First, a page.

Frequently Asked Questions

Can the same point appear more than once as input to methods in Point? Yes. For the slopeTo() method, this requirement is explicitly stated in the API; for the comparison methods, this requirement is implicit in the contracts for Comparable and Comparator.

The reference solution outputs a line segment in the order pq but my solution outputs it in the reverse order qp. Is that ok? Yes, there are two valid ways to output a line segment.

The reference solution outputs the line segments in a different order than my solution. Is that OK? Yes, if there are k line segments, then there are k! different possible ways to output them.

How do I sort a subarray in Java? Arrays.sort(a, lo, hi) sorts the subarray from a[lo] to a[hi-1] according to the natural order of a[]. You can use a Comparator as the fourth argument to sort according to an alternate order.

Where can I see examples of Comparable and Comparator? See the lecture slides.

My program fails only on (some) vertical line segments. What could be going wrong? Are you dividing by zero? With integers, this produces a run-time exception. With floating-point numbers, 1.0/0.0 is positive infinity and -1.0/0.0 is negative infinity. You may also use the constants Double.POSITIVE_INFINITY and Double.NEGATIVE_INFINITY.

What does it mean for slopeTo() to return positive zero? Java (and the IEEE 754 floating-point standard) define two representations of zero: negative zero and positive zero.

double a = 1.0;
double x = (a - a) /  a;   // positive zero ( 0.0)
double y = (a - a) / -a;   // negative zero (-0.0)
Note that while (x == y) is guaranteed to be true, Arrays.sort() treats negative zero as strictly less than positive zero. Thus, to make the specification precise, we require you to return positive zero for horizontal line segments. Unless your program casts to the wrapper type Double (either explicitly or via autoboxing), you probably will not notice any difference in behavior; but, if your program does cast to the wrapper type and fails only on (some) horizontal line segments, this may be the cause.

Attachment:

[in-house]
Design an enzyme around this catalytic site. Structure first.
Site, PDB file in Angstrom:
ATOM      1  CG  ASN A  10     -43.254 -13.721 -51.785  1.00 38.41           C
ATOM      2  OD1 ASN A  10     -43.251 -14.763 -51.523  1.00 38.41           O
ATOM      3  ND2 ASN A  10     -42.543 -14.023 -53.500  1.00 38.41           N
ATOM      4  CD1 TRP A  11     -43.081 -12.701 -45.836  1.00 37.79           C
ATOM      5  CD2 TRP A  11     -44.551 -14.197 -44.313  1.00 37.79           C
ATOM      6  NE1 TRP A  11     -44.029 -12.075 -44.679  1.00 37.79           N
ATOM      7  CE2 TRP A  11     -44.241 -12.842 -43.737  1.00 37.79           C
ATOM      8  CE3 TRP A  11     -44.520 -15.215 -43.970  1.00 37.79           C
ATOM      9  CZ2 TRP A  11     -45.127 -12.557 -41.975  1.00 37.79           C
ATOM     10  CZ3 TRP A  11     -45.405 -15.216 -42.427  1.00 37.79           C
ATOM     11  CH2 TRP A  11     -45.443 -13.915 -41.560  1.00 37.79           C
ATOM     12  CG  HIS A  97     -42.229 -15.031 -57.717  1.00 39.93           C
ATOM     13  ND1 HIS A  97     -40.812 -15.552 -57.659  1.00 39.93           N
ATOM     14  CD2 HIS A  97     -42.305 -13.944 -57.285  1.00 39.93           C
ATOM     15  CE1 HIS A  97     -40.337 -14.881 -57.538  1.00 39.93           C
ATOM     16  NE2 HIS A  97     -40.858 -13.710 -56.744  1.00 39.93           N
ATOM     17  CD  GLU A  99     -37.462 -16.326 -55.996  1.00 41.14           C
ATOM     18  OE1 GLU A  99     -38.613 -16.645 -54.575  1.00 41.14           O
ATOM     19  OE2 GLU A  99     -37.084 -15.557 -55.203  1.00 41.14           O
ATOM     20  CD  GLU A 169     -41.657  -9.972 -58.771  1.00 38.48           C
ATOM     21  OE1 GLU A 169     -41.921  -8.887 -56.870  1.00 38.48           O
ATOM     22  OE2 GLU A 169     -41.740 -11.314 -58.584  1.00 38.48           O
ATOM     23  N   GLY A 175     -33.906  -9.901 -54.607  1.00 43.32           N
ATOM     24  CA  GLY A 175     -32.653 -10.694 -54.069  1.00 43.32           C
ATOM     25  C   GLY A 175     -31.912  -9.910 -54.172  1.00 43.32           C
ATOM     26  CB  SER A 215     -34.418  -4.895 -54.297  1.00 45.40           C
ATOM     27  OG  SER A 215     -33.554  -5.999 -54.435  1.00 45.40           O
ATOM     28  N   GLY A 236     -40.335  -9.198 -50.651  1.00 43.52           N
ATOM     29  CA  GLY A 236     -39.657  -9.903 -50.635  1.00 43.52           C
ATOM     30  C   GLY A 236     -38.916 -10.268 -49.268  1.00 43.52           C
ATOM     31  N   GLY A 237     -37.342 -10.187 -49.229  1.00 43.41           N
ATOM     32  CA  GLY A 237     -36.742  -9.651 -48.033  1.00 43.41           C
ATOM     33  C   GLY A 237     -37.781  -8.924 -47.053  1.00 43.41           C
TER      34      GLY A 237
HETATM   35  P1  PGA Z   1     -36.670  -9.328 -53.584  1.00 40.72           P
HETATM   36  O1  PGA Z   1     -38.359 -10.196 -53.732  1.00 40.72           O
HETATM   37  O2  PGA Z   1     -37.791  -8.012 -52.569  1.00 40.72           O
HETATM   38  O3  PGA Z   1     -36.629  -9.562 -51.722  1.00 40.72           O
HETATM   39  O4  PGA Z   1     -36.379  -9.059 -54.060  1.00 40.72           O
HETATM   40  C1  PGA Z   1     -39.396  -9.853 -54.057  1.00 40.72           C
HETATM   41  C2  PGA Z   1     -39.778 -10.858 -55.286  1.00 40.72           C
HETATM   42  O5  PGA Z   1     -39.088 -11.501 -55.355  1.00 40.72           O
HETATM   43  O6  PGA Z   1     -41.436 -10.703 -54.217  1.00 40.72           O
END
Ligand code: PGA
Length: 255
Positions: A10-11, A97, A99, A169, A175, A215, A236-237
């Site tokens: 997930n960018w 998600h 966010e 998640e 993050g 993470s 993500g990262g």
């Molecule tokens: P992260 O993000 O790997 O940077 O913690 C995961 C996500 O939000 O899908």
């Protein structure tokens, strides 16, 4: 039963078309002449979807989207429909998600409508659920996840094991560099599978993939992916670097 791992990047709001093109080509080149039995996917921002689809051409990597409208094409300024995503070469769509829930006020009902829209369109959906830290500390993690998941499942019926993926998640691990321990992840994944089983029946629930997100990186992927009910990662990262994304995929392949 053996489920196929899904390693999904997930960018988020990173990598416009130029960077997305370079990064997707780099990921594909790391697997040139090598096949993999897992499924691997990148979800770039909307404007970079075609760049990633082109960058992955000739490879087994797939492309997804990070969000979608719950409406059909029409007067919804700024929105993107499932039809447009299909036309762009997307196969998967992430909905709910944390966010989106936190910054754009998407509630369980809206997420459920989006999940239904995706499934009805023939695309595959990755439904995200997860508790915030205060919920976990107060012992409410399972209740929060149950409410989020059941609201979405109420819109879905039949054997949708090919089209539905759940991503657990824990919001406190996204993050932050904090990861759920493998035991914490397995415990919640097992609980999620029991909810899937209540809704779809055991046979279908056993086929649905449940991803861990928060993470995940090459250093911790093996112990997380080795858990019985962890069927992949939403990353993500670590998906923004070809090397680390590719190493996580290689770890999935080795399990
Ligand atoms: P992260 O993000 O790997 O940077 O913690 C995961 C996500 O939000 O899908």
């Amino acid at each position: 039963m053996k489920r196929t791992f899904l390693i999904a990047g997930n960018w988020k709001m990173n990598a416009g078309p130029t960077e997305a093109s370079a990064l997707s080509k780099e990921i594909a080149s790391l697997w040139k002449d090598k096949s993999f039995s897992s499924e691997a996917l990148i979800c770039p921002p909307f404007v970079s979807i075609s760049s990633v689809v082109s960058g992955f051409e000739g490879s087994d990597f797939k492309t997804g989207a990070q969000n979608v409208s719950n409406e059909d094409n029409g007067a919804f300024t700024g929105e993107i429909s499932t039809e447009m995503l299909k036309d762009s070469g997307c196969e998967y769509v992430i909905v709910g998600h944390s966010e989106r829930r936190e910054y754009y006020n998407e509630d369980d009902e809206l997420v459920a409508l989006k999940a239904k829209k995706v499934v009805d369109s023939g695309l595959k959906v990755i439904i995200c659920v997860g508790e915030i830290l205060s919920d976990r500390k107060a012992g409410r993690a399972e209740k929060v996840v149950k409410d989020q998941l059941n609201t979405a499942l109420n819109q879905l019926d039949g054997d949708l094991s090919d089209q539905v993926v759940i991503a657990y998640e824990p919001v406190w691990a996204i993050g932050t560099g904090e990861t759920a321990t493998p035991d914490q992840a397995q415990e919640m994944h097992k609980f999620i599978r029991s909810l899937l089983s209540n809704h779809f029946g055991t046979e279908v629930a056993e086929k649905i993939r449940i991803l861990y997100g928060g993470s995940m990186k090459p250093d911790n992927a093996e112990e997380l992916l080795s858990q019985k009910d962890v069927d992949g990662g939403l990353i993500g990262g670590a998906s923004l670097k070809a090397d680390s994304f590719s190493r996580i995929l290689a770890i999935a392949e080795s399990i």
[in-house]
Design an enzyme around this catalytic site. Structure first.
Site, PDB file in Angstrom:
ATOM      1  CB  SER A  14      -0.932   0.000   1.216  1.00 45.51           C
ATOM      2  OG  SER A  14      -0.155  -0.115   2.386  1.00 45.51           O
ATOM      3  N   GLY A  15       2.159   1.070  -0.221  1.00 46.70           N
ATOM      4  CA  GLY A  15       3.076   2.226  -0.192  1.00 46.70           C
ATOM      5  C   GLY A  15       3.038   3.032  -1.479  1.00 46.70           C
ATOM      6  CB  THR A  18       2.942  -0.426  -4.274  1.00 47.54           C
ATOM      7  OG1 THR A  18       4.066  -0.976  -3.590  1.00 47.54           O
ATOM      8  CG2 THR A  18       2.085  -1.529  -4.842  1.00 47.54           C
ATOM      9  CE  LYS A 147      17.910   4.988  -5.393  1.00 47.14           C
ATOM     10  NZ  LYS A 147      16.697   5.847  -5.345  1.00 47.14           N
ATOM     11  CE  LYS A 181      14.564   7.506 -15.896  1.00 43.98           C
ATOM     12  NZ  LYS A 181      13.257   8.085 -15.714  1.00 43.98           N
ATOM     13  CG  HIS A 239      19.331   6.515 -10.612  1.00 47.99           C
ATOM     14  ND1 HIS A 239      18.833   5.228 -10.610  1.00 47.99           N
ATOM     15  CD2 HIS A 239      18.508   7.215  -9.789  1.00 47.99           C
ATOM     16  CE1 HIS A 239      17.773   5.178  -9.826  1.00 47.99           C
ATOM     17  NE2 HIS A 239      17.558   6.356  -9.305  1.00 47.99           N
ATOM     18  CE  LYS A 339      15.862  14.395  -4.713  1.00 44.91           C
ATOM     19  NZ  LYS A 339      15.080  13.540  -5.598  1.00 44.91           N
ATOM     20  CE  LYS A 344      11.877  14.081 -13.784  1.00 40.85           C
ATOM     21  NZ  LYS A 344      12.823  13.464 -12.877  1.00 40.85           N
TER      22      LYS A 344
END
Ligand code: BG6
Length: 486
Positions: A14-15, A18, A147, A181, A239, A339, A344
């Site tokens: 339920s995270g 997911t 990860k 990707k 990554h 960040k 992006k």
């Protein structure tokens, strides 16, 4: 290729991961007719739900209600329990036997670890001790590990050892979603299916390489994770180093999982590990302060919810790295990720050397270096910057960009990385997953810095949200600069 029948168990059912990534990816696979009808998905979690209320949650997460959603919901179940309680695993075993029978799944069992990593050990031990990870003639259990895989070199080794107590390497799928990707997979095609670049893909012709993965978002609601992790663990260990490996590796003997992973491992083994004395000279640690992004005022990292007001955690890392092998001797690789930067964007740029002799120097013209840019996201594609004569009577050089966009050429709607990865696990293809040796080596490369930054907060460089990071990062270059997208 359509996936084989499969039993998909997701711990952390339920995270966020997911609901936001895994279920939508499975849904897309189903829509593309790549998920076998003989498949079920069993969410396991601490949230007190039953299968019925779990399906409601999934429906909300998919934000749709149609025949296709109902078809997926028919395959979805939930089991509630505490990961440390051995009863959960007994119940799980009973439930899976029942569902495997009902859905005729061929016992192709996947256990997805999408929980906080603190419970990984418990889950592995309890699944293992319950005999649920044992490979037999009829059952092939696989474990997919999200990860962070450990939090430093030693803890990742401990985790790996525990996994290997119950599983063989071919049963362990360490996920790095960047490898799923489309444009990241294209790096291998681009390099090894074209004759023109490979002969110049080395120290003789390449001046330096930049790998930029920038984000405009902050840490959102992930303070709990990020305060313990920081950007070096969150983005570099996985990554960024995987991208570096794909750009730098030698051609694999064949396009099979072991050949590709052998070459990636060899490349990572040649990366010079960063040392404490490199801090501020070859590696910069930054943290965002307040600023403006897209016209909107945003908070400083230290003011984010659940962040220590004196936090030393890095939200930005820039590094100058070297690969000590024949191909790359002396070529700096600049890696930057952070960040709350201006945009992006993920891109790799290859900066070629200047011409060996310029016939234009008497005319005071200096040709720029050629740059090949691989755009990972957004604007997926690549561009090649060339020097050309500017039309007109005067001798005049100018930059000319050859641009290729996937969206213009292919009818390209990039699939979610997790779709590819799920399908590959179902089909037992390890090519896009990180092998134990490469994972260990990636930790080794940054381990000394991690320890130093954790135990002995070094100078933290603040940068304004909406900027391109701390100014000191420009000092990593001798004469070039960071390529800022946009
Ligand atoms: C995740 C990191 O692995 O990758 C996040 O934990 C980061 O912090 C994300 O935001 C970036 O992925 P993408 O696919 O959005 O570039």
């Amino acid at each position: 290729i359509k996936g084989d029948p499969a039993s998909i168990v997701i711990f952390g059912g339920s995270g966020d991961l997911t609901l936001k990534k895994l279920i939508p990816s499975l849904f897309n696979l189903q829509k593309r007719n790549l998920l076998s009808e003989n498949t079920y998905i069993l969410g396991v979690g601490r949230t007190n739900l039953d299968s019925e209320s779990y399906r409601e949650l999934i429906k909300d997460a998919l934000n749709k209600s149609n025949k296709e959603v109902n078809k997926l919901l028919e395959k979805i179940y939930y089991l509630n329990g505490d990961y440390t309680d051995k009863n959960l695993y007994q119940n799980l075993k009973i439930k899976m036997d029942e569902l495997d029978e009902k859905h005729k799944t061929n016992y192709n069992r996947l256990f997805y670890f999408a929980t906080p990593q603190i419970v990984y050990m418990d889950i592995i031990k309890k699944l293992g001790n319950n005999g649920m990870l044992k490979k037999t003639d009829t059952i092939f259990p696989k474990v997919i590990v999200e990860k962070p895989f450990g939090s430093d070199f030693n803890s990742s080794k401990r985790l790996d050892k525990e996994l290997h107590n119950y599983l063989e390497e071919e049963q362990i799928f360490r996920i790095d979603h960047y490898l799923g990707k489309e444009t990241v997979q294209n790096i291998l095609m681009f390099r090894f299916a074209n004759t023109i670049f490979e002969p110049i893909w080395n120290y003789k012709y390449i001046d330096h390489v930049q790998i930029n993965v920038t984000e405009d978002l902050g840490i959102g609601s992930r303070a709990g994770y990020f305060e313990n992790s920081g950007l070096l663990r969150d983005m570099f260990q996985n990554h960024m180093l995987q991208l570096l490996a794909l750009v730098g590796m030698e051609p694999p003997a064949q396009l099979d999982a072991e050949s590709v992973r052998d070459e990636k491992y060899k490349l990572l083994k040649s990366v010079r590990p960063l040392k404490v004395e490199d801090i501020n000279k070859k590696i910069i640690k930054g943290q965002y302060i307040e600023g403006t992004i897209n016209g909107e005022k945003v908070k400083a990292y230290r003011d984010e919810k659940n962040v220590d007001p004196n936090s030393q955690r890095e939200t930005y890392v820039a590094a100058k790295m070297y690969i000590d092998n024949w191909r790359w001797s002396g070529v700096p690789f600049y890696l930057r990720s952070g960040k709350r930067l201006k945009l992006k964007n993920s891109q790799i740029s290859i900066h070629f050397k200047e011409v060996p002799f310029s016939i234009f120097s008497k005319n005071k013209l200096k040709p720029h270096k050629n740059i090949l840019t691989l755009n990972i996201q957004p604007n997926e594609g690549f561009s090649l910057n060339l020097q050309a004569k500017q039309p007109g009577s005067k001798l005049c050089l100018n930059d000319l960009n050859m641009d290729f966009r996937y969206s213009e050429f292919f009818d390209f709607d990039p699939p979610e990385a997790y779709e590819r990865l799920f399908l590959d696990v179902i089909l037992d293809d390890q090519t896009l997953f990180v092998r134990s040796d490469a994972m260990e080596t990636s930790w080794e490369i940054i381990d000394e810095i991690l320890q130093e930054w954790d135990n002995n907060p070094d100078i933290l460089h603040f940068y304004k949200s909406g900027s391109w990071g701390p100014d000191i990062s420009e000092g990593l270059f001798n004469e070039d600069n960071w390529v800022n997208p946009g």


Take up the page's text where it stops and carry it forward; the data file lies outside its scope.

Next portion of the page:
Is it OK to compare two floating-point numbers a and b for exactly equality? In general, it is hazardous to compare a and b for equality if either is susceptible to floating-point roundoff error. However, in this case, you are computing b/a, where a and b are integers between -32,767 and 32,767. In Java (and the IEEE 754 floating-point standard), the result of a floating-point operation (such as division) is the nearest representable value. Thus, for example, it is guaranteed that (9.0/7.0 == 45.0/35.0). In other words, it's sometimes OK to compare floating-point numbers for exact equality (but only when you know exactly what you are doing!)

Note also that it is possible to implement compare() and FastCollinearPoints using only integer arithmetic (but you are not required to do so).

I'm having trouble avoiding subsegments when there are 5 or more points on a line segment. Any advice? Not handling the 5-or-more case is a bit tricky, so don't kill yourself over it.